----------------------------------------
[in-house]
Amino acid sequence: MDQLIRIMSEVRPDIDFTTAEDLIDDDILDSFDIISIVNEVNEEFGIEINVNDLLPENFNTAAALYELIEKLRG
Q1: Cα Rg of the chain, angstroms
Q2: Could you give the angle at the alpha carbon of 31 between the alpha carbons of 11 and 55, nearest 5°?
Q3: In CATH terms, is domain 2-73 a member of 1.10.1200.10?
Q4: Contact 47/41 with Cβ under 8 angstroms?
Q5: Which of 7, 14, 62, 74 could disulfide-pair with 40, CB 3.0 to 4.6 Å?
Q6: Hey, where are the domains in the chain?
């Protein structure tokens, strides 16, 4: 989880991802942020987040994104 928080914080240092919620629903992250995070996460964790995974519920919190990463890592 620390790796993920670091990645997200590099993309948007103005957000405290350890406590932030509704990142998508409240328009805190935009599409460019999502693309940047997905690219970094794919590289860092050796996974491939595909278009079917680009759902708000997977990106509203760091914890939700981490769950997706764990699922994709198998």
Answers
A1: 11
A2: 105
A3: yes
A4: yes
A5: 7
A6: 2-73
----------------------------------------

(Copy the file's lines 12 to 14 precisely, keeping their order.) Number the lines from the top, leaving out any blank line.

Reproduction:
A2: 105
A3: yes
A4: yes